Small suppliers getting paid late often struggle to make their own purchases on time, and it’s a cash flow challenge that could be addressed through the introduction of buy now, pay later models.
Reports in the Sydney Morning Herald said FinTechs like Cloudfloat, which is gearing up to roll out its solution later this month, are introducing the pay later model into B2B commerce to help companies with their cash flow crunches.
“What we’re seeing now is businesses getting really crunched around payment terms,” said Cloudfloat Founder Aleem Habibullah in an interview with the publication. “It’s like there’s a freeze or jolt in the system.”
Cloudfloat will introduce an invoice financing tool that enables B2B invoices to be paid directly by Cloudfloat, and allows small businesses to pay back the bill in installments over 90 days.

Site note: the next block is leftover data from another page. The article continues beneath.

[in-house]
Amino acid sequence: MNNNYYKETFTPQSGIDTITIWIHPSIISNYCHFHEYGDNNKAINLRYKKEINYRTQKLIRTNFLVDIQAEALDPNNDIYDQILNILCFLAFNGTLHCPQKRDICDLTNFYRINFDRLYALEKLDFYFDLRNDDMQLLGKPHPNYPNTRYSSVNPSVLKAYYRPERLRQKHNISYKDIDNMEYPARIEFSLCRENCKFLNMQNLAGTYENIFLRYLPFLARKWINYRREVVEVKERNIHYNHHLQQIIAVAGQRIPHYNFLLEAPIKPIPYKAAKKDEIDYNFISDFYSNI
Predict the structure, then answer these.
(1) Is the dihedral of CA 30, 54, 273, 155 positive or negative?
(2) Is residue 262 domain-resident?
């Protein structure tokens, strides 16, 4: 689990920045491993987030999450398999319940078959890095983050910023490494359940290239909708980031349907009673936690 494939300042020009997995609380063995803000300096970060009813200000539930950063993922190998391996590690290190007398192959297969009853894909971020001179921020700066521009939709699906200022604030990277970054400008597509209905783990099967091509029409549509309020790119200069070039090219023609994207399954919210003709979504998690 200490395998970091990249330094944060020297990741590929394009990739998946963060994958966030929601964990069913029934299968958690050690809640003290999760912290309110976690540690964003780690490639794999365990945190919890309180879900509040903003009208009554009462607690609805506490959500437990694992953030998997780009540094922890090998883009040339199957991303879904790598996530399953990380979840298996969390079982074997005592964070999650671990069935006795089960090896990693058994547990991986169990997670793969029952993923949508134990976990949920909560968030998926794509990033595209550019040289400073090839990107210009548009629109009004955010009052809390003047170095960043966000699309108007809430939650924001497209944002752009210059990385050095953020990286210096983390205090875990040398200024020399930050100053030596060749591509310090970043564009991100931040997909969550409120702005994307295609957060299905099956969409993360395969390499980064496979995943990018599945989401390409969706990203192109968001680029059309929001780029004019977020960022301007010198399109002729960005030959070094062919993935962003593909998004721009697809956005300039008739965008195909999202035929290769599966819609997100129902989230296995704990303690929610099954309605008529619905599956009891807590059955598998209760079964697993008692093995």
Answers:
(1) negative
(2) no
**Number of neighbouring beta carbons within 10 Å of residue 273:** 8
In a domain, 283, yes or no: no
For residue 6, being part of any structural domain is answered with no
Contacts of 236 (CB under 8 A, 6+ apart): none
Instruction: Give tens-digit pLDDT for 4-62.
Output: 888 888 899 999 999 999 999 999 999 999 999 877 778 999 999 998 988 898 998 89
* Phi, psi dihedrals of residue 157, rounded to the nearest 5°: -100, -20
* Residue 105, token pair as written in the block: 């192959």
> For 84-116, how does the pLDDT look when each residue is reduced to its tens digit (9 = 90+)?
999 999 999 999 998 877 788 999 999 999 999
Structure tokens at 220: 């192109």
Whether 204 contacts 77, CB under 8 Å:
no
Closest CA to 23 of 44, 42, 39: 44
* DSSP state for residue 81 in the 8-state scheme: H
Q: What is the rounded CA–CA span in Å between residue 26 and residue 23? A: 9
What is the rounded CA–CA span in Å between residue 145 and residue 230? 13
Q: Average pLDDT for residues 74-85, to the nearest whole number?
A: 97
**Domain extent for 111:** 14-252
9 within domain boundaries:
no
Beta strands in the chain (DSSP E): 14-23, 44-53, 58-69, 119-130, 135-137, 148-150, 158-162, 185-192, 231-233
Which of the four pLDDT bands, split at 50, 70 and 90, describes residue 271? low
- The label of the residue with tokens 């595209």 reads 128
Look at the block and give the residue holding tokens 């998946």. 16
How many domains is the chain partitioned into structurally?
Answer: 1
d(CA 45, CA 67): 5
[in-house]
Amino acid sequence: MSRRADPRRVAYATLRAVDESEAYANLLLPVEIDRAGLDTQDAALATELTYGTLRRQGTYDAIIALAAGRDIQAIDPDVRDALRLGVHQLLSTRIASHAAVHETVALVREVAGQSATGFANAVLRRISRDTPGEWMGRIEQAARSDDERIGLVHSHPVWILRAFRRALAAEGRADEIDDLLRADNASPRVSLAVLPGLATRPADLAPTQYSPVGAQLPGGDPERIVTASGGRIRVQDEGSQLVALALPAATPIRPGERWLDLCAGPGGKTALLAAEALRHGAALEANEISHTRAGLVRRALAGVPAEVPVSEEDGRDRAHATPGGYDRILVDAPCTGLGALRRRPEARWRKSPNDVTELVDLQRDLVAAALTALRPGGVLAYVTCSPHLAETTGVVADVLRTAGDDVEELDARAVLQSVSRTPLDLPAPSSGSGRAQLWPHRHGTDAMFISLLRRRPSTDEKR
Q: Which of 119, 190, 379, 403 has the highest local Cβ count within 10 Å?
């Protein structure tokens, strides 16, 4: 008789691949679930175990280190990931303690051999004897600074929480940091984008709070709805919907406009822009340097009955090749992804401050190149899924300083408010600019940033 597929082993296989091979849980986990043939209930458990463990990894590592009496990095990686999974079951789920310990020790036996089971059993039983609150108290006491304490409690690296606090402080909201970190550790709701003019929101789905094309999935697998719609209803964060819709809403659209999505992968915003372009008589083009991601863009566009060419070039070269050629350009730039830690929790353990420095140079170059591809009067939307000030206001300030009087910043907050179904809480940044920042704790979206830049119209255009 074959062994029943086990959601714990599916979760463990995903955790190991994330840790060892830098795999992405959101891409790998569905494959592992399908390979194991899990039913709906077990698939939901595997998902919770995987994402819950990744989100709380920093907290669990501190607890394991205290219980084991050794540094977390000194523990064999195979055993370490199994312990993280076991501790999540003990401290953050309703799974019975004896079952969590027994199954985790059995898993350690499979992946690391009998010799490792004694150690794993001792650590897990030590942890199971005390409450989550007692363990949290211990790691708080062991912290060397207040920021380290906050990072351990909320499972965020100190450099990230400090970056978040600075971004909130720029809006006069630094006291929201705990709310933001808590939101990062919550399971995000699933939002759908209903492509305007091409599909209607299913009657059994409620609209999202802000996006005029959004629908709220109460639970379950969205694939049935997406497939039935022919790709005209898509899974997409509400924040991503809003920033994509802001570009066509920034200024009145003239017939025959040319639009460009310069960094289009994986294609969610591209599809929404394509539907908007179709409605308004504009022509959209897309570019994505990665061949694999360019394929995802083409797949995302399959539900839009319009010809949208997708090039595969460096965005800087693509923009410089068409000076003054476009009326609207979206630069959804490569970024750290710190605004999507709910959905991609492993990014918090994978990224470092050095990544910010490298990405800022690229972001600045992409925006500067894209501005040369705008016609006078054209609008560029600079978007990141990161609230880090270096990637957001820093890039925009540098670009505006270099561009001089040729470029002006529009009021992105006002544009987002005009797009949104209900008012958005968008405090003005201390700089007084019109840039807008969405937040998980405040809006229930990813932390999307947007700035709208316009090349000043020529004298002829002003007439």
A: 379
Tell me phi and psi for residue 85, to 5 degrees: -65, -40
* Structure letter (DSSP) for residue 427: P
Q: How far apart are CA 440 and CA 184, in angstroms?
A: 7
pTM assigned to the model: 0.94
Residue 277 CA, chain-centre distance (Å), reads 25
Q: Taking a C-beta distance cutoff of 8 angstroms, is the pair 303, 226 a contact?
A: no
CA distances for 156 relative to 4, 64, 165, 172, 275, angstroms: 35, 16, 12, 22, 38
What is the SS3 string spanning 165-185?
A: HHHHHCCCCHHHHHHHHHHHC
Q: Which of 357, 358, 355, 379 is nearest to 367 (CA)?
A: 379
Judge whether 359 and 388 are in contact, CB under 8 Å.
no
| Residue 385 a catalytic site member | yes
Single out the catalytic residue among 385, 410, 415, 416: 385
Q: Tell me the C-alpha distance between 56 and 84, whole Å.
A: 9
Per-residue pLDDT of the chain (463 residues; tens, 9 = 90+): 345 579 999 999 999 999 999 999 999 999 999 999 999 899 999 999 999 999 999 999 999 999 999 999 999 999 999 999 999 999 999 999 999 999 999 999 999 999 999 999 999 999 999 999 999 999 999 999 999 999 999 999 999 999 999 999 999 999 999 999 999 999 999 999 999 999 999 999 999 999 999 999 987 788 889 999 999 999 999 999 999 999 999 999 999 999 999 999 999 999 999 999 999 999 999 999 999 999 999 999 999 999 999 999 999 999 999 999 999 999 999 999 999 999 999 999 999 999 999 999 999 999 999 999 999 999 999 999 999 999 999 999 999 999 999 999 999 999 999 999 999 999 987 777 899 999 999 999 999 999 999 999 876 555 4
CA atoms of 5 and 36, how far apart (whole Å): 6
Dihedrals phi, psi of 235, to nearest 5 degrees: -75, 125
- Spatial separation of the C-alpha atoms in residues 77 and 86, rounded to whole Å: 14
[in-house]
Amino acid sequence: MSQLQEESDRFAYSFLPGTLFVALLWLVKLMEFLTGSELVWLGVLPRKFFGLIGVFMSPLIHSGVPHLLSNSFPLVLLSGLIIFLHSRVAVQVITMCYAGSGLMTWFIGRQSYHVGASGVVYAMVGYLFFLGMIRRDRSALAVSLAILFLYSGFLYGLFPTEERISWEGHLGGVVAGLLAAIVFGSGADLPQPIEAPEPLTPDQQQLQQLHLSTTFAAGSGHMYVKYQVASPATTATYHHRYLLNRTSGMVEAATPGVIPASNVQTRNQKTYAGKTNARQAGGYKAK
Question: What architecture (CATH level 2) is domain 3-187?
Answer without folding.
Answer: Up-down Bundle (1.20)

Another player in the market, Openpay, told reporters the pay later model is particularly popular in the trade space.
“Commonly, tradies don’t get paid in full until the job is complete,” Openpay Chief Revenue Officer Dion Appel told the publication, “so using Openpay gives them access to funds that provides a cash flow solution to this challenge.”
Israel-based Splitit, which is listed on the Australian Securities Exchange, also noted it is seeing “increasing demand from online merchants who want to use Splitit as a B2B solution.”
Reports also pointed to Marketlend, an alternative small business lender that introduced its own pay later solution late last year, as well as Afterpay, leader in the consumer pay later market that sees potential in the B2B commerce arena.
But not everyone is convinced that such a solution is the right move.
One entrepreneur, Clean & Pure Founder Mark Chapman, said relying on pay later models “just makes you feel like you’re not very stable,” and described the model as “running on debt for your ins and your outs.”